A simple technique to prepare large-area, regular microstructures in glass containing silver nanoparticles is presented. Here the modification of spatial distribution of the nanoparticles is achieved using a direct current (DC) electric field at moderately elevated temperatures. The technique exploits the recently reported effect of "electric field-assisted dissolution" (EFAD) of silver nanoparticles during which the silver nanoparticles embedded in a glass matrix can be destroyed and dissolved in the glass in form of Ag+ ions by a combination of an intense DC electric field (~1kV) and moderately elevated temperature (~280°C). This process can lead to a total transparency of the nanocomposite glasses, which to our knowledge can not be achieved via any other technique.
In this work, the possibility to produce orderly-oriented array of embedded, 2-D, micron size optical structures in silver-doped nanocomposite glass is demonstrated. This could lead to an easy way for production of many useful optical devices based on the composite materials.
Variations of the refractive index can be utilized in order to shift the stop band in photonic crystals. Here, two- and three-dimensional structures made of macroporous silicon were filled with liquid crystals. Optical investigations in the infrared wavelength range indicate temperature-induced spectral shifts of the edges of stopbands. In addition, the defect modes corresponding to microcavities within the periodic structure can be thermally controlled. Investigations of the director field within the pores by means of 2H-NMR and confocal microscopy indicate that both parallel and escaped radial director fields can appear, depending on the surface treatment of the substrates. In cylindrical pores with a periodic modulation of the pore diameter, the escaped radial director field is modified thereby showing a regular array of disclination rings.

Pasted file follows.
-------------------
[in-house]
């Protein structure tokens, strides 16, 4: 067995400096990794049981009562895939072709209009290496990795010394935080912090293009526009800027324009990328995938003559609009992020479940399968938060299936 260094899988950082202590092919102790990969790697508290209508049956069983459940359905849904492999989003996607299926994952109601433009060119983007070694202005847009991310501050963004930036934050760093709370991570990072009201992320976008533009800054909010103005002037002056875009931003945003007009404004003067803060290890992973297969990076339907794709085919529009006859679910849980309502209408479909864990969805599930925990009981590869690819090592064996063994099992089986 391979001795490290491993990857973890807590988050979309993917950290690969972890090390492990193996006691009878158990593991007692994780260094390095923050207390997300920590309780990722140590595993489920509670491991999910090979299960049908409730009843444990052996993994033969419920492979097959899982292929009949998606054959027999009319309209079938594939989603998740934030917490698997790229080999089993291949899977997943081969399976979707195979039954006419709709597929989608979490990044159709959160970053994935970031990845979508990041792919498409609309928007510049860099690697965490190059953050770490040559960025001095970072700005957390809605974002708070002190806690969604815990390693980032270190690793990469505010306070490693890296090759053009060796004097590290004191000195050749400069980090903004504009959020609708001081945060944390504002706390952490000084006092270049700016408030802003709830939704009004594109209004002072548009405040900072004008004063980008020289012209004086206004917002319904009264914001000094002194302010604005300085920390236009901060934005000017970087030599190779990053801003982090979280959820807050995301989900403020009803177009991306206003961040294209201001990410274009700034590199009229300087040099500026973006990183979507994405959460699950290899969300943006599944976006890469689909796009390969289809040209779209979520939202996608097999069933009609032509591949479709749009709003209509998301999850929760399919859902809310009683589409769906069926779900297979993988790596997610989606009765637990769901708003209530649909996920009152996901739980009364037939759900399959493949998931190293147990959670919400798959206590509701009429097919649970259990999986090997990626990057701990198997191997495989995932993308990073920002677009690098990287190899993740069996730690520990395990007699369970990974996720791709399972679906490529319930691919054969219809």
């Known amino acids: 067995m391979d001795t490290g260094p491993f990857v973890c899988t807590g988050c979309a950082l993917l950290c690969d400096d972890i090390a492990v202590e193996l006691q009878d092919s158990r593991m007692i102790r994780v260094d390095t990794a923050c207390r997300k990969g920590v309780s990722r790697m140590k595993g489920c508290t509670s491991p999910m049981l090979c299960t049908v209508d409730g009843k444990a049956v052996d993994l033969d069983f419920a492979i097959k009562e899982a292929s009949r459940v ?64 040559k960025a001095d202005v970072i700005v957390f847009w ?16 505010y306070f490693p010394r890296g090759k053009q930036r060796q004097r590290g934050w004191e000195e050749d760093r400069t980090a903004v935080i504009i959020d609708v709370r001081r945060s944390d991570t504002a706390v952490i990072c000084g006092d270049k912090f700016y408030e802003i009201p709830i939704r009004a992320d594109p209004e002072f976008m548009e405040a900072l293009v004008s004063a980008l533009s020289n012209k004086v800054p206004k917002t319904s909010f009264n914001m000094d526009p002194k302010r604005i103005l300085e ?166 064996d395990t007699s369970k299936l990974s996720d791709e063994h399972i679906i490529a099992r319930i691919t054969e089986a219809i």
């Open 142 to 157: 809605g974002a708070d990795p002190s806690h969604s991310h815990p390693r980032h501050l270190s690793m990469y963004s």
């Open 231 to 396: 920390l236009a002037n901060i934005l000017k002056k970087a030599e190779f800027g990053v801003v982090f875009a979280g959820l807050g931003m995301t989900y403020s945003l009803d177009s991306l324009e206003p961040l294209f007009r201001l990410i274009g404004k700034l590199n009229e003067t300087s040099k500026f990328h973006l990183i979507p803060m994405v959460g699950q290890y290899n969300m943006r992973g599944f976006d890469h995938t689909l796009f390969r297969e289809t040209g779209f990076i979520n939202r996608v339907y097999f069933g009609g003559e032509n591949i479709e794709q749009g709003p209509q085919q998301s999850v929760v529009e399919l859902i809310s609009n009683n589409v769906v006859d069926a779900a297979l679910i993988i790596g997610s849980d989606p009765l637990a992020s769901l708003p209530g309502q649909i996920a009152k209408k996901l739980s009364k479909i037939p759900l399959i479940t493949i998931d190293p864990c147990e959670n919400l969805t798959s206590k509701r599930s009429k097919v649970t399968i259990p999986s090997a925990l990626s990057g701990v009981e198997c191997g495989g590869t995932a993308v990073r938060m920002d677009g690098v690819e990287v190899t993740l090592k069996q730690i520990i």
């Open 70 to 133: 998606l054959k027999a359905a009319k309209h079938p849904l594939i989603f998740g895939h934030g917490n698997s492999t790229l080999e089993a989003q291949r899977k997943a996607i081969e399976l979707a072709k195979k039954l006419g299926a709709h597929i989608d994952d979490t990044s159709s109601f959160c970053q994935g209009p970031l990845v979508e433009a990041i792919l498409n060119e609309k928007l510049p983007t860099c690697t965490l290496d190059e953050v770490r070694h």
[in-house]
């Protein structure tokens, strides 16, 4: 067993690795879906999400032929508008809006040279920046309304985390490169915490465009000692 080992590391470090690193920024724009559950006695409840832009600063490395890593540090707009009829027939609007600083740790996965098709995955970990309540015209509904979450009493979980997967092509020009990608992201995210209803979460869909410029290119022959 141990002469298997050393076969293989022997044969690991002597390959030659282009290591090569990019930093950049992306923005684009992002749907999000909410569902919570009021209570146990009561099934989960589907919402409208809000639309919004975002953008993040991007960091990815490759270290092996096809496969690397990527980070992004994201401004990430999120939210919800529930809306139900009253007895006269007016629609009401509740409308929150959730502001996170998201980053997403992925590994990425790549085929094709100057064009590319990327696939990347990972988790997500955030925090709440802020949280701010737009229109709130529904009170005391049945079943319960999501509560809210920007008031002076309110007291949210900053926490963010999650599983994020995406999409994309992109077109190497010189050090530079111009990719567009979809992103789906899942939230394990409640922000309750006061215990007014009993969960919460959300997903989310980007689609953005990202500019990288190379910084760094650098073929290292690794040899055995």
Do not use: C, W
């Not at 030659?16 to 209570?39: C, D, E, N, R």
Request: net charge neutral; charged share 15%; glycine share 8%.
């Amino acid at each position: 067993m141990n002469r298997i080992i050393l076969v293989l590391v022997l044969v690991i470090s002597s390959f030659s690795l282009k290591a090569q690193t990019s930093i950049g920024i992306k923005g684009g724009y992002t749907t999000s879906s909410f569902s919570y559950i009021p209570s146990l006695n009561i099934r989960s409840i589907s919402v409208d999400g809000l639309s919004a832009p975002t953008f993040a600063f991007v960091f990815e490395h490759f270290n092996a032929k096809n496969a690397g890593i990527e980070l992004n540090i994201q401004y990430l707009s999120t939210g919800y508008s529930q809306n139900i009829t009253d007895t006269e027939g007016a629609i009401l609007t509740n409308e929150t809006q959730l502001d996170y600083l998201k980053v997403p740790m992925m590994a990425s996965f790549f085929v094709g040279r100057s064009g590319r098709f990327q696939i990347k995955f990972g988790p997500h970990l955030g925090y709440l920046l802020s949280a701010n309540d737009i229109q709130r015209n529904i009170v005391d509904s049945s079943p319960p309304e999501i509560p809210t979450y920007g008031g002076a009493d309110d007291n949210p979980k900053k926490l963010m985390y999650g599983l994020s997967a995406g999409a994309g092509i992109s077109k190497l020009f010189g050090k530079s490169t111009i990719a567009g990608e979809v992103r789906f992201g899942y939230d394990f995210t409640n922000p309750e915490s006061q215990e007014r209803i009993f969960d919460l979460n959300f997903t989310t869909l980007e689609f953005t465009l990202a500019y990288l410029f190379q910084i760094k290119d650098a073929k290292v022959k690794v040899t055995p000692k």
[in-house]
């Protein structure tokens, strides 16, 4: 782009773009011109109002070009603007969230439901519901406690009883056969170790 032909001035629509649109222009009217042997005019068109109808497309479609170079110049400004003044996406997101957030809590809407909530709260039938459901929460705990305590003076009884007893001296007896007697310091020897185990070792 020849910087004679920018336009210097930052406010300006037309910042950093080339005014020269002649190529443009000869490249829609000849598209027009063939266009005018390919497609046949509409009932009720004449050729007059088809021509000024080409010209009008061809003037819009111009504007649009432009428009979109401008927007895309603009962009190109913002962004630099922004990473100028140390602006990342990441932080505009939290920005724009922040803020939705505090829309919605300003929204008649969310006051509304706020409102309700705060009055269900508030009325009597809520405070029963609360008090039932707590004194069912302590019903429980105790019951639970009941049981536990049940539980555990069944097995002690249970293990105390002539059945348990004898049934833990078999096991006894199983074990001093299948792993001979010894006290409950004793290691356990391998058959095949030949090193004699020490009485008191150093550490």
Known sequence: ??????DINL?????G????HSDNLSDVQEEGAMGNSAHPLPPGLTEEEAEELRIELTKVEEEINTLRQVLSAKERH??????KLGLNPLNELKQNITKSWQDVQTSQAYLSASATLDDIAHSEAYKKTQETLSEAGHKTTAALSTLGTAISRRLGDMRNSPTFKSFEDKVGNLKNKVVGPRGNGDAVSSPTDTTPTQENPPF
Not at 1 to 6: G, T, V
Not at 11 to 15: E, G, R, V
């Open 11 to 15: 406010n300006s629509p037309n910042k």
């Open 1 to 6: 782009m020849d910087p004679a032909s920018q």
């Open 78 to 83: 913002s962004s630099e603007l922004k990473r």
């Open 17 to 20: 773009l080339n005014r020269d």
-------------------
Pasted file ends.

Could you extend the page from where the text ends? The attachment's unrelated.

The fabrication of three-dimensional photonic bandgap materials and the controlled incorporation of point, linear and planar defects into these crystals is a major challenge in materials research today. We show in this report that these purposes can be achieved by photoelectrochemical etching of lithographically prestructured silicon. Our advanced etching method allows the fabrication of three-dimensional photonic crystals with simple cubic symmetry. The performed calculations suggest complete bandgaps of 5% for the realized bulk structures. By lithographic prestructuring vertical line and planar defects can be induced, whereas horizontal planar defects can be created during the etching step. By combining both structuring techniques point defects can be fabricated.
The major challenge in todays photonic crystal fabrication is the
experimental realization of perfect, disorder-free structures. Macroporous silicon etching is a versatile technique for the manufacturing of large-scale well-ordered porous materials and
three-dimensional photonic crystals. We investigate the degree of
local disorder by scanning electron microscopy and a subsequent
image processing, as well as the homogeneity of our large area
crystals by an optical two-dimensional mapping. The observed
disorder is related to the applied fabrication parameters. The
deduced dependencies help to avoid disorder and to optimize our